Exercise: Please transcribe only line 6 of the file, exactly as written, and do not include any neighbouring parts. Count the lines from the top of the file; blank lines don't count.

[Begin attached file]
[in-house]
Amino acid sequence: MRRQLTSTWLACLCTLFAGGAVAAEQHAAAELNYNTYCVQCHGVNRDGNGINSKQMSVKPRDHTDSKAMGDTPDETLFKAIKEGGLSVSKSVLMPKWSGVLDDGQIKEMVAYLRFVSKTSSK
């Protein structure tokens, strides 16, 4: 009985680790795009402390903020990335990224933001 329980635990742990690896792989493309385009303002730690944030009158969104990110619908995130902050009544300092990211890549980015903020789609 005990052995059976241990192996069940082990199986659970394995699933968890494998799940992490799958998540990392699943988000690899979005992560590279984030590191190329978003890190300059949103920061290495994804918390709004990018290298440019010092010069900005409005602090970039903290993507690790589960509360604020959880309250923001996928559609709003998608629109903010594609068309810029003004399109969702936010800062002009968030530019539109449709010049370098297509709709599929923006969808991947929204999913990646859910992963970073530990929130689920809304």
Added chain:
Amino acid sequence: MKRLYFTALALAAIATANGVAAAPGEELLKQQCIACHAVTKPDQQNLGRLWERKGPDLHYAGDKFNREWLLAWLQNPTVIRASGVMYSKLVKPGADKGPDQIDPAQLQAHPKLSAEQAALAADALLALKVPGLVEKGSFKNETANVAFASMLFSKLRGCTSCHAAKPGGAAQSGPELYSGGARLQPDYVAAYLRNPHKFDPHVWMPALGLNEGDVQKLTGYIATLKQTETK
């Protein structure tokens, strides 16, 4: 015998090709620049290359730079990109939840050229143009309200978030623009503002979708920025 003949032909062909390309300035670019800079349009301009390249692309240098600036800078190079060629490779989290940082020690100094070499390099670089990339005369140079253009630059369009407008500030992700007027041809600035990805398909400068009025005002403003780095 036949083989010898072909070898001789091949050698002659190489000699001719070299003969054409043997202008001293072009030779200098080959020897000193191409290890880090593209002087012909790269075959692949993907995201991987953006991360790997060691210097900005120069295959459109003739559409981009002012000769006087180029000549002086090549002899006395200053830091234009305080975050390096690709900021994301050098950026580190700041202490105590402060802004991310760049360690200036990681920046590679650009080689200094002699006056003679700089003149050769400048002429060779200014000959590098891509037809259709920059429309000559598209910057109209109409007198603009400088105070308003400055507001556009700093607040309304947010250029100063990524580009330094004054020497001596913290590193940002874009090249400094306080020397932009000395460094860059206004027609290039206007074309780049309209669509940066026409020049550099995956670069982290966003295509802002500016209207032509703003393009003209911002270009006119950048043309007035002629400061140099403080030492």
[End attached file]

């Protein structure tokens, strides 16, 4: 015998090709620049290359730079990109939840050229143009309200978030623009503002979708920025 003949032909062909390309300035670019800079349009301009390249692309240098600036800078190079060629490779989290940082020690100094070499390099670089990339005369140079253009630059369009407008500030992700007027041809600035990805398909400068009025005002403003780095 036949083989010898072909070898001789091949050698002659190489000699001719070299003969054409043997202008001293072009030779200098080959020897000193191409290890880090593209002087012909790269075959692949993907995201991987953006991360790997060691210097900005120069295959459109003739559409981009002012000769006087180029000549002086090549002899006395200053830091234009305080975050390096690709900021994301050098950026580190700041202490105590402060802004991310760049360690200036990681920046590679650009080689200094002699006056003679700089003149050769400048002429060779200014000959590098891509037809259709920059429309000559598209910057109209109409007198603009400088105070308003400055507001556009700093607040309304947010250029100063990524580009330094004054020497001596913290590193940002874009090249400094306080020397932009000395460094860059206004027609290039206007074309780049309209669509940066026409020049550099995956670069982290966003295509802002500016209207032509703003393009003209911002270009006119950048043309007035002629400061140099403080030492």